The Hoover Dam Visitor Center is open daily except for Thanksgiving and Christmas. There are two different guided tours to choose from and tickets can be purchased online at http://www.usbr.gov/lc/hooverdam/service/.

Special thanks to my “Hollywood Insider” (who has a home here in Boulder City) for the tip on “Boulder Dam.” You can send your tips and TBT requests to me, via email, by visiting TanyaVece.com.

Tanya Vece is an entertainment and music writer who resides and volunteers in Boulder City. You can follow her adventures on Instagram @hollywoodwriter.

Don't miss the big stories. Like us on Facebook.
THE LATEST
Smart development key to sustainable future

I commend my friend and colleague Mayor (Kiernan) McManus for his comments in the Boulder City Review on Sept. 1 regarding his focus on conservation to best serve the residents of Boulder City. Together, our cities have a long-standing commitment to conservation and sustainability.

Solutions to nation’s woes just take action

What if you had solutions to a multitude of problems? Would you share what you knew or would you hesitate because the facts were contrary to the status quo?

Terrorists killed more than people

Sept. 11 changed us. And not necessarily for the better.

Dont let city become ‘Pothole Paradise’

Two years ago at a public event, a friend got in my face and in an uncharacteristic, agitated voice said, “Fix my street!” Initially I thought he was joking. But after two attempts to change the subject, I realized he wasn’t laughing.

Court of public opinion too quick to judge

Most people know me for my former Throwback Thursday columns with the Boulder City Review and some people may know of me from my failed run for City Council. What people don’t know, however, is that I used to work for actor Johnny Depp through a contract I had running events at multiple properties on the Las Vegas Strip. I was Mr. Depp’s private dining planner for all of his Las Vegas trips, including events with his family.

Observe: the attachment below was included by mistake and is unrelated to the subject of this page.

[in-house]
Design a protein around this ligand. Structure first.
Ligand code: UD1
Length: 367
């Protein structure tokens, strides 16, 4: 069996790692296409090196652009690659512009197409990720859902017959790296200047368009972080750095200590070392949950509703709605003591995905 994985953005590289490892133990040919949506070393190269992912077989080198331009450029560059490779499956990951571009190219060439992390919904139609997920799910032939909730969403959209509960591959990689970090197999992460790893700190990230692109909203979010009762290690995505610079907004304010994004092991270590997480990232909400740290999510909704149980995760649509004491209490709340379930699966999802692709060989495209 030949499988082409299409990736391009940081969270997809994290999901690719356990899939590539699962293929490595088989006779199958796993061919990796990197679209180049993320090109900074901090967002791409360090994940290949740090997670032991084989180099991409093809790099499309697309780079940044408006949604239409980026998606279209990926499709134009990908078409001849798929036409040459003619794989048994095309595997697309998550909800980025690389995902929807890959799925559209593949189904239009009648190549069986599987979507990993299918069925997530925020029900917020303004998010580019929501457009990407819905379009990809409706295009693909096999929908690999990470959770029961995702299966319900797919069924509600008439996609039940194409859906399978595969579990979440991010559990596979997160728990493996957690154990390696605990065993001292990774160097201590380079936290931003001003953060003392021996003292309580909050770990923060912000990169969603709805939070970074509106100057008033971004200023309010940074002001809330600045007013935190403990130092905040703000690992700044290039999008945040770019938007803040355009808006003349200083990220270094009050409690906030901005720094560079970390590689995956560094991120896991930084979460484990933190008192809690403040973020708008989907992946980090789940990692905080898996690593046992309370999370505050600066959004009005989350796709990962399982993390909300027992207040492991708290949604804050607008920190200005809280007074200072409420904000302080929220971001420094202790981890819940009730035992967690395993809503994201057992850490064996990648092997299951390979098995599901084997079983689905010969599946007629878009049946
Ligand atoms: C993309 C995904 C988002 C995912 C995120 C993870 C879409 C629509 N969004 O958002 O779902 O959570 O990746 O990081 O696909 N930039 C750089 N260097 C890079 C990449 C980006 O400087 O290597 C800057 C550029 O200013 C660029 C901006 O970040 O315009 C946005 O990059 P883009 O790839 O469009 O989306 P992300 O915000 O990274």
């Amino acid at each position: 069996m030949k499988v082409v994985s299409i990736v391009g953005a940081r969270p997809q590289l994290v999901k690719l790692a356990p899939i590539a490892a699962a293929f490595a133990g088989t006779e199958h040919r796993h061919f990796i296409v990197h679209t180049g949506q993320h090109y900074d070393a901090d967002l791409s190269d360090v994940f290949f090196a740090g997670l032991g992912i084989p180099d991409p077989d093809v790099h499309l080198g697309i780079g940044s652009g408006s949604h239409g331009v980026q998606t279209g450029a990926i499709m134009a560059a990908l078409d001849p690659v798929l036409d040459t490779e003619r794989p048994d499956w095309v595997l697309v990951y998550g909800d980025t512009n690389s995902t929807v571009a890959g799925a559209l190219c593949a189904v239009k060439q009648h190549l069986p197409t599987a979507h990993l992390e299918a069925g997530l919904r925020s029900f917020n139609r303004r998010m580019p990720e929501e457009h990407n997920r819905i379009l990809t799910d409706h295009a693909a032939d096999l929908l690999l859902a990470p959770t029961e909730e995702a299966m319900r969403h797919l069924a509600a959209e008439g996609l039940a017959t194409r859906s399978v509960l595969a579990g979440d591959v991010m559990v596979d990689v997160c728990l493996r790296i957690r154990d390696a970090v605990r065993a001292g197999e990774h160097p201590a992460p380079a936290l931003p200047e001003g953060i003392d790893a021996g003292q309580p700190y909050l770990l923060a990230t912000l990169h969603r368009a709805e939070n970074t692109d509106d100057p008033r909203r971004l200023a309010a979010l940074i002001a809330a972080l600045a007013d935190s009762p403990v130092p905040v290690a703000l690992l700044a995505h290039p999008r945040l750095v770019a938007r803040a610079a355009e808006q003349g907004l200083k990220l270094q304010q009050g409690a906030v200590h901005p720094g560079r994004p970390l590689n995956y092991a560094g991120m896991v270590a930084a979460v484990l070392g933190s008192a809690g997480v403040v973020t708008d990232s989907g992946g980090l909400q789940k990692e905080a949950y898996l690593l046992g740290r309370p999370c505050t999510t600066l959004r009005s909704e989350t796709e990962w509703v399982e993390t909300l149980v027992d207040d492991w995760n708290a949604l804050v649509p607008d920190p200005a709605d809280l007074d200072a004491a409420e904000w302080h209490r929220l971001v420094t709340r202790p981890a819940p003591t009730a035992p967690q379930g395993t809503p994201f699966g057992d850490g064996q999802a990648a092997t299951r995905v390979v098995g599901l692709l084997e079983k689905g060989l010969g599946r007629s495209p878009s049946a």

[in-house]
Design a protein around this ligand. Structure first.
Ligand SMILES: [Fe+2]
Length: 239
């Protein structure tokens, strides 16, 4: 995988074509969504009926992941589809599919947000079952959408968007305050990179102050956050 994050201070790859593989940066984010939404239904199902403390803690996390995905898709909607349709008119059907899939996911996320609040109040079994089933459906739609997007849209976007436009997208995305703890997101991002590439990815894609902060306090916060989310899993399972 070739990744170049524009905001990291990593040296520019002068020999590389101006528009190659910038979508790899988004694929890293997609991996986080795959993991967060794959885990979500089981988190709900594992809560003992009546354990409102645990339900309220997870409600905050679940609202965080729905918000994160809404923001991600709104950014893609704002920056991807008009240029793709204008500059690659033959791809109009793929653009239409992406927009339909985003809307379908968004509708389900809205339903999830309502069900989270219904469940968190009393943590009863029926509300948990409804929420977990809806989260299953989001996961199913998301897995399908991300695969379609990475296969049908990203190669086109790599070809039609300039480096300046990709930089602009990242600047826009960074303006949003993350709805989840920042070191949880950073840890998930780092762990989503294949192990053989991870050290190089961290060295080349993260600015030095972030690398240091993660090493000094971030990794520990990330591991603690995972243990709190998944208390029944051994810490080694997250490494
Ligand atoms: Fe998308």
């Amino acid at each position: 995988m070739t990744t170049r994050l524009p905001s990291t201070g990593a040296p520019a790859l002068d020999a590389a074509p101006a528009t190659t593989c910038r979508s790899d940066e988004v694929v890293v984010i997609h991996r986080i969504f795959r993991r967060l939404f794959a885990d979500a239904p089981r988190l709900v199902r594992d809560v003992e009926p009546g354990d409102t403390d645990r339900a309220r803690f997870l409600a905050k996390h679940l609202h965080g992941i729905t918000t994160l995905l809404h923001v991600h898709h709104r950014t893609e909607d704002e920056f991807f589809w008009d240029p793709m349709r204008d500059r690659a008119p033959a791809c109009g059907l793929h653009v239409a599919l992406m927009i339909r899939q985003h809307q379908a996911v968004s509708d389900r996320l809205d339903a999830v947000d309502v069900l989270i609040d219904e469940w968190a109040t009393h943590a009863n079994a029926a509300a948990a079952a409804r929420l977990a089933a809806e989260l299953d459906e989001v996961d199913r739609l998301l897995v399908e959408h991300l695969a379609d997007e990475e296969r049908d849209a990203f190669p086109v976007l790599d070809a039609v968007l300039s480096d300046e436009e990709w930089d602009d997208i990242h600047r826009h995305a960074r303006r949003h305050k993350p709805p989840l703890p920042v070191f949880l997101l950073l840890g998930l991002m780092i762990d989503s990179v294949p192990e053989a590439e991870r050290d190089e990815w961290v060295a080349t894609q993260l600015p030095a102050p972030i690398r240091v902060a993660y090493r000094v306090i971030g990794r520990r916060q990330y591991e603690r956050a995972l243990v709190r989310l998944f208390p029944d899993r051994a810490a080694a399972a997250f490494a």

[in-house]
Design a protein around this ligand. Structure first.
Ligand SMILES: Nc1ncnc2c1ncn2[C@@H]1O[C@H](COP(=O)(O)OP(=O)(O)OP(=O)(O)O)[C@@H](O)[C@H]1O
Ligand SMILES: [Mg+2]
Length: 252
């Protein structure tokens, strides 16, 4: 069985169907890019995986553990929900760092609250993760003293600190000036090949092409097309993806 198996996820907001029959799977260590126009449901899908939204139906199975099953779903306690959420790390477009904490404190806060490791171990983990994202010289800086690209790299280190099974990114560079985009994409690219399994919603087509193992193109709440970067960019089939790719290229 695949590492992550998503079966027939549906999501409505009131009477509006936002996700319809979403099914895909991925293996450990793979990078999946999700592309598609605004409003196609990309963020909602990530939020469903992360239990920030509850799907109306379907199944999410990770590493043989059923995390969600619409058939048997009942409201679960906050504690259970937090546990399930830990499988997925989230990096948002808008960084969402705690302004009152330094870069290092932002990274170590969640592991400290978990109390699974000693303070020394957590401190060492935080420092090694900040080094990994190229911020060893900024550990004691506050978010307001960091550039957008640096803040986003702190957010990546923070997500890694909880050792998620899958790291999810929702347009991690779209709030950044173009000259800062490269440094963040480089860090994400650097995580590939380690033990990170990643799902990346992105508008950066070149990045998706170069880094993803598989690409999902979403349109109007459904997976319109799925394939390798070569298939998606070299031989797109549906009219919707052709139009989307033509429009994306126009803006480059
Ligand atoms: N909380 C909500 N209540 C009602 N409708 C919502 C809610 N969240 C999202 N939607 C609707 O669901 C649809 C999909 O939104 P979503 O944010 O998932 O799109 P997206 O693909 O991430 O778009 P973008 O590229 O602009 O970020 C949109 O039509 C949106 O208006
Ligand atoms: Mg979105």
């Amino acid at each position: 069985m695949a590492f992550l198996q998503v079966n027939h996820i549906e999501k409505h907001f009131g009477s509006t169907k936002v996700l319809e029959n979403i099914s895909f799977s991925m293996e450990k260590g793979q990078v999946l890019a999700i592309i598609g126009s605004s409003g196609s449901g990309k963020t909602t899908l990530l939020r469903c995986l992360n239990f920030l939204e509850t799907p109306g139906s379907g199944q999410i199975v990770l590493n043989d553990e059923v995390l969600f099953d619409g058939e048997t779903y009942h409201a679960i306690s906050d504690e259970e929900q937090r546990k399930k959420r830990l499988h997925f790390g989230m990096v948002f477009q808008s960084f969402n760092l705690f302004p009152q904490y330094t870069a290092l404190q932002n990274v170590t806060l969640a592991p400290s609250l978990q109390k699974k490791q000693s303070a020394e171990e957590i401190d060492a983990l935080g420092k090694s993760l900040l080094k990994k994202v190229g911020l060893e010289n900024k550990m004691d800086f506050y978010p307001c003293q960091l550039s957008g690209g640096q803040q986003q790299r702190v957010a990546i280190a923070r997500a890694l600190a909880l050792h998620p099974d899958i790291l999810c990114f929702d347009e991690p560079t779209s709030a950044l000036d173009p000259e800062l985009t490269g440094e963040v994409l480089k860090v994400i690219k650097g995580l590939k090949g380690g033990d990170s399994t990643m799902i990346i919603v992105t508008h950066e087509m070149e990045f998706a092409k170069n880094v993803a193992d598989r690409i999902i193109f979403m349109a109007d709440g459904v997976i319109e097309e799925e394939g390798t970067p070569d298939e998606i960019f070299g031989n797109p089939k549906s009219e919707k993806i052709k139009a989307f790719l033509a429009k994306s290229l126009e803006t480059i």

Relax, it’s Labor Day

Monday is Labor Day, and it’s somewhat ironic that a day devoted to celebrating the American workforce is a day that most of us strive to do anything but work.

Options for conservation must be explored

Fall weather will be a welcome change in the next few weeks, it has been a hot summer. Some of the hottest temperatures on record for Southern Nevada. And most of those records have been over the past few years. We can look at the changes in water levels at Lake Mead and know that things are very different from any other time in our lifetimes.

Agostini, Eagles Closet help those in need

Since the new school year began at the beginning of the month, students and staff members at Boulder City High School have made a variety of changes to help ensure their health and welfare in the wake of COVID-19.

Water’s low cost makes it expendable

Water is essential to life. Humans and every living species can go without many things but not without water; yet many take water for granted. We water our lawns, fill our swimming pools, wash our cars, take long showers, hose down our driveways and rarely even think about the costs involved. Why? Because water is too convenient and, most importantly, inexpensive.

City long devoted to conservation, environmental issues

The water level at Lake Mead fell to 1,068 feet in July 2021. That is the lowest level since the lake was first filled following the Hoover Dam’s dedication in 1935. This month, the federal government has declared a water shortage on the Colorado River for the first time, triggering cutbacks in water allocations to surrounding states from the river.